- What is the difference between the Master of Public Affairs (MPA) and the Master of Public Policy (MPP) offered by the Goldman School?
- Is there a strict requirement for the amount of work experience one must have in order to apply?
- What type of quantitative background should students have before starting the program?
- How many students will be enrolled?
- Is there an advantage to applying for Round 1 vs. Round 2 or Round 3?
- Will the Goldman School sponsor student visas for the MPA program?
- How many hours do MPA students spend on the program?
- Can students give special attention to a specific policy area?
- Are there concurrent degree programs with the MPA?
- Can MPA students take classes in the MPP program?
- Who are the faculty for the MPA program?
- What career management services are available to MPA students?
- What are some resources available to MPA students?
- Still have questions?
What is the difference between the Berkeley Master of Public Affairs (MPA) and the Master of Public Policy (MPP) offered by the Goldman School?
The Berkeley MPA is a one-year degree program that prepares mid-career professionals to act as strategic and visionary leaders. It is intended for mid-career professionals who have a strong track record of work experience, including in leadership and managerial positions. The MPA curriculum emphasizes leadership skills, strategic thinking and multidisciplinary analysis in order to advance participants in their careers and expand their professional horizons.
The MPP is a two-year, full-time, in-residence degree program that emphasizes practical and applied dimensions of policy-making and implementation. For more information on the MPP please consult the MPP page on the GSPP website.
A detailed comparison of the two degree programs can be found here.
The MPA curriculum is designed to build upon your work experience. As such, we look closely at your career progression and level when making an admissions decision. Students in the current cohort admitted to the program have an average of 11 years of work experience with a range of 5 to 18 years. In addition, they held positions that demonstrated leadership, management, and a fit with the degree and their public affairs goals.
The MPA program includes a rigorous quantitative curriculum. To ensure success, students should be versed in applying advanced arithmetic and algebraic concepts in public sector situations and be at least comfortable with methods of statistics.
We expect to enroll between 35 to 50 students for the next upcoming MPA class.
Applicants are advised to apply early. With each round, the class fills and later round applicants are competing for fewer seats in the cohort. Additionally, the limited fellowships awarded by the School are often exhausted in the early rounds.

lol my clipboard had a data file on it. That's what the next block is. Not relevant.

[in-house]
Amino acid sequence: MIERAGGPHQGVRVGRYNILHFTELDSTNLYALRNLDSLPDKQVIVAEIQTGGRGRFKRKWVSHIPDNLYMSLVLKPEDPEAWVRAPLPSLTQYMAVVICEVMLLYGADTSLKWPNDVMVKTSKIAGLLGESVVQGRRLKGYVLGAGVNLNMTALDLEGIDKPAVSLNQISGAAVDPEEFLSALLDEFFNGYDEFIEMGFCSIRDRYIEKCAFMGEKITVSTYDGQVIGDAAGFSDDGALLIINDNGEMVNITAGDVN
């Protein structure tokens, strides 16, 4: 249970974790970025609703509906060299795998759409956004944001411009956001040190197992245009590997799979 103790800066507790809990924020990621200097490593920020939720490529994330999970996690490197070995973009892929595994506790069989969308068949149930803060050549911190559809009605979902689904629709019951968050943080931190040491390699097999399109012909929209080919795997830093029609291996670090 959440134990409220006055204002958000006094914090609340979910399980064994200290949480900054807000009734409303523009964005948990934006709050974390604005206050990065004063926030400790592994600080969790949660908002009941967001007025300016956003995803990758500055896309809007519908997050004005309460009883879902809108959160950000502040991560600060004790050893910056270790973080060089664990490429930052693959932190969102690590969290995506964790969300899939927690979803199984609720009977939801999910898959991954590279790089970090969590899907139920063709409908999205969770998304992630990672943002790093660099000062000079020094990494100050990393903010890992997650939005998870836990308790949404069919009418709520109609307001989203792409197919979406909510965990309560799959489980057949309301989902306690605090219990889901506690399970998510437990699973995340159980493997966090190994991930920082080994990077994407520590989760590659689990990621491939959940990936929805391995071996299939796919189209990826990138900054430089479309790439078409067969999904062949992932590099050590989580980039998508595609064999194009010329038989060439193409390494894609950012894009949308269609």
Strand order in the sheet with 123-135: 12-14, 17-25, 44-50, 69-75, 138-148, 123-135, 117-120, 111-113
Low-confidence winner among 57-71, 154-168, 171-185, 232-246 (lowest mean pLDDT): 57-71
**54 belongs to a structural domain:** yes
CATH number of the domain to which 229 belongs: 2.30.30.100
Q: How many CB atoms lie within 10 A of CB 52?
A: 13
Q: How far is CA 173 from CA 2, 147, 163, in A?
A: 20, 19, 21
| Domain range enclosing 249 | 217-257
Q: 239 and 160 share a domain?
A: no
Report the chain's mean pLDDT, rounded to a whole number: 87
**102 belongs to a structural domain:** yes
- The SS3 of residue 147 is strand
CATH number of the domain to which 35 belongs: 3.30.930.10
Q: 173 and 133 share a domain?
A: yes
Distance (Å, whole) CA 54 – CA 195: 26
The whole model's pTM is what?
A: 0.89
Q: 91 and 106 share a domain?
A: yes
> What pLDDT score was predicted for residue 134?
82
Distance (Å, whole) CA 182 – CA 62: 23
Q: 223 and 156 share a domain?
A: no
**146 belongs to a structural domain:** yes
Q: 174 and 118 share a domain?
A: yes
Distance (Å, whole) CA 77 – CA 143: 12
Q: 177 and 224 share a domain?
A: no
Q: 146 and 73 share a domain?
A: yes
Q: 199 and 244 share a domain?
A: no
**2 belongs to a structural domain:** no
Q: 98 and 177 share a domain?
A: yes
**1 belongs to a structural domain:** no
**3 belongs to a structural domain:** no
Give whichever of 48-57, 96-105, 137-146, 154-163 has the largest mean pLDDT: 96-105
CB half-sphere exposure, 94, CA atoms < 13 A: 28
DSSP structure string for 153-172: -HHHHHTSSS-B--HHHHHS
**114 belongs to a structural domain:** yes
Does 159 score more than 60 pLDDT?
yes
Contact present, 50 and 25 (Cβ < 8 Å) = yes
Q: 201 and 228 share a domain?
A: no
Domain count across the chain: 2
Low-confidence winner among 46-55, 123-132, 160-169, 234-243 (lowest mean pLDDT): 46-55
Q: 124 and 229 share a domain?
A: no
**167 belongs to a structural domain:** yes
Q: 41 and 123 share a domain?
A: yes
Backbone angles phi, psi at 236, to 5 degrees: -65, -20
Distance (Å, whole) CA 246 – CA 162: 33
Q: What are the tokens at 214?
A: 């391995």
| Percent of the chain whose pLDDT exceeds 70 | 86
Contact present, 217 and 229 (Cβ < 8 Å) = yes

Yes. As long as international students apply no later than our posted February deadline their application will be reviewed and considered for admission. If an offer of admission is extended, then UC Berkeley will assist the individual in obtaining a student visa.
Students can expect to be full-time in the summer term with a rigorous load of outside classwork. During the fall and spring terms, students in a minimum load of courses can expect 6 hours of in class time and 10-20 hours per week of outside classwork.
Absolutely. In addition to the core curriculum, which provides basic analytical approaches and skills, students in the MPA program are able to choose from among the rich offerings of the academic disciplines and professional programs on the Berkeley campus as well as from GSPP.
Depending on individual preferences, students elect courses to deepen or extend their analytical skills and/or to familiarize themselves with the substance of a specific policy area (energy, health, income redistribution, international affairs, environmental protection, education, racial or gender policy, etc.). In addition, the student’s Capstone project during the spring semester addresses a policy problem of the student’s own preference.
No concurrent degree programs have been developed for the MPA, and at present, none are envisioned.
A component of the MPA degree program is taking electives during the fall and spring terms. Students who choose to be in residence during the fall and spring terms may choose among the courses offered within GSPP and the greater UC Berkeley campus for their electives.
We draw from the same faculty pool for the Masters of Public Policy (MPP) and the MPA. The faculty will be a combination of ladder track and professional faculty, chosen specifically for their ability to effectively teach to professionals.
The GSPP Career Services provides a wide variety of services for MPA students including, but not limited to: individual coaching, job listings and job search services, resume posting, career fairs and networking events, career management workshops and webinars.
Please send us an email at firstname.lastname@example.org.